I see another resemblance between Newley and the Clash: Both wrote songs alternating between trenchant and smart-alecky. Or, as one memorable lyric put it, “All the young punks / Laugh your lives / Cos there ain’t much to cry for / All you young cunts / Live it now / Cos there ain’t much to die for.”
Lester Bangs used the adjective righteous, and that—in the best sense of the word—was most crucially what the Clash were about. It was also what struck the deepest resonance for me. To paraphrase what Joe Strummer famously said about trousers and brains: Like band, like music. This makes me think of Michael Stipe telling about REM’s early days, and that group’s decision to be the “not-assholes band”. I think the Clash wanted to be the people-shouldn’t-be-assholes band. That’s what the songs said. “The Clampdown” warns that the factory bosses (“old and cunning”) want to steal the best years of your life. There was an exhortation against letting the bastards get you down called “I’m Not Down”. “Hateful” is about the predations of drug pushers. And the London Calling album actually has not one, but two fables about deadly conflict at the gambling table—“The Card Cheat” as well as the retelling of “Stagger Lee”, both emphasizing that the stakes couldn’t be higher. In other words, they tackle issues of human relations, like man’s exploitation of fellow man, that are more profound than politics, yet underlie them.
Basically, they were existentialists. Life is what you make of it. What are you going to make of it?
Their moralism was not only unpretentious, as Bangs wrote, and conscientious, but it was also artful. For as preachy as the Clash were in its message, they had a deft touch in crafting music and lyrics, the latter thanks mainly to Strummer. The words had plenty of indirection, misdirection, mischief, and mania. One of the conceits of pop music mythology is to designate some of its heroes as poets. I’m not sure what criteria set the poets apart from the other songwriters, but I do know that Allen Ginsberg collaborated with the Clash, which must’ve meant a great deal to Joe.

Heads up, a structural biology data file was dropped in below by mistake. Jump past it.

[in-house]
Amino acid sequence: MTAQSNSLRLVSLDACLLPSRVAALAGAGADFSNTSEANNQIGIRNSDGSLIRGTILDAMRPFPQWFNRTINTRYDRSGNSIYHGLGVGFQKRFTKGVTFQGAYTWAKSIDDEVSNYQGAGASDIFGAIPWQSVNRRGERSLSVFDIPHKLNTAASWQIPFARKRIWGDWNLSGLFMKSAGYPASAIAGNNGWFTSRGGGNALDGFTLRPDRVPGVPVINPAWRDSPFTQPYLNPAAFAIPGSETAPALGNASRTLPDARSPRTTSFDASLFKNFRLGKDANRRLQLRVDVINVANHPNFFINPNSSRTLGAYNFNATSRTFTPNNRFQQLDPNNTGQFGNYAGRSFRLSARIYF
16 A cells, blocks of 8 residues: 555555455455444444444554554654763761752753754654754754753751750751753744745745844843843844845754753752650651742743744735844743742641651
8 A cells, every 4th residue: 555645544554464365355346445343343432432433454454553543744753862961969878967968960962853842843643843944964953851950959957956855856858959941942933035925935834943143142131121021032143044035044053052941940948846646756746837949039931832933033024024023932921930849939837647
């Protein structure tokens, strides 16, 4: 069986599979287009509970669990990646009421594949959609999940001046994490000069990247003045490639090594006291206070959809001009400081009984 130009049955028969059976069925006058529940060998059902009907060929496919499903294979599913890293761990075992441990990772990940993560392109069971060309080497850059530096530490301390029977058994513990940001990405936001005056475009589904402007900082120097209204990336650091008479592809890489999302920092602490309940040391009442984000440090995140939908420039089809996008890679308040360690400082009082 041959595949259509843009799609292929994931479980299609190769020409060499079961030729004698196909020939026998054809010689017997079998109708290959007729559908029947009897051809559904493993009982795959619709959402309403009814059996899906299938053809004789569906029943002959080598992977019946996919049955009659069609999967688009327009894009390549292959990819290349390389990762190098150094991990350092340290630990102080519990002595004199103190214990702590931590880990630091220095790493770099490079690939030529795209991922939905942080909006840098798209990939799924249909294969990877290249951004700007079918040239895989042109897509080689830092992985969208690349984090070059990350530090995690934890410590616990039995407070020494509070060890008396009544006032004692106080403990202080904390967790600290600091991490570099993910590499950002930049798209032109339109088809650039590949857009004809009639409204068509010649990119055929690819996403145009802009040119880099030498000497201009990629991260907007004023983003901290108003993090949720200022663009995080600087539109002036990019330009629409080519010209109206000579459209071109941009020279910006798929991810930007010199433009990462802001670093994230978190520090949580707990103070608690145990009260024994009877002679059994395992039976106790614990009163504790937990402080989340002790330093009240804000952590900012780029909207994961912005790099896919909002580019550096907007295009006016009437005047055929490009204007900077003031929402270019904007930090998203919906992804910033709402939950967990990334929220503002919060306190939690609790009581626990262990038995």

Above my desk, I keep a Joe Strummer quotation saying we should always appreciate what a great thing it is to be alive. Don’t get wrapped up in self-absorption; you never know what amazing thing might happen in the next instant. A recent biography by another of his friends, Chris Salewicz’s Redemption Song tells of Strummer’s own struggle with depression and how he was haunted by the suicide of his only brother when they were young.
The band was waging an even more fundamental struggle than the clashes Paul saw in the newspaper when he came up with the name for the band. As the Lester Bangs quotation reminds us, the real clash was the affirmation of life, this life, your life, the intersection of peoples’ lives—righteous living, not exploitation or waste.
Over the years, I’ve occasionally been caught off guard and found relative strangers or mild acquaintances treating me as a kind of accidental confessor—I guess I have one of those faces. My very limited encounters with Strummer included such a disclosure. It was outside the venue before the launch of his first American tour in many years, and Joe was troubled by a recent violent run-in with a cameraman at the Glastonbury festival. By his own violence, that is. For all of Strummer’s guardedness, it seemed like a glimpse of the demons with which he wrestled.
Being a rock star means a lifetime of strangers telling you what big fans they are. For decades, people have been thanking the members of the Clash for changing their lives—How else do you say it? I tried once to express to Joe the impact he’d had on me. Having read somewhere about “Strummer’s law” of creativity and inspiration—“To get output, you must have input”—I gave Joe a book of Ryszard Kapuscinski’s essays on Africa. In an inscription, I said that the Clash had encouraged me to approach life with open eyes, mind, and conscience.
This may be David Shorr’s first published article that is not about foreign policy. He blogs at TPMCafé and Democracy Arsenal. In another tribute to the Clash, he recently compiled a misheard lyrics video of “Safe European Home”.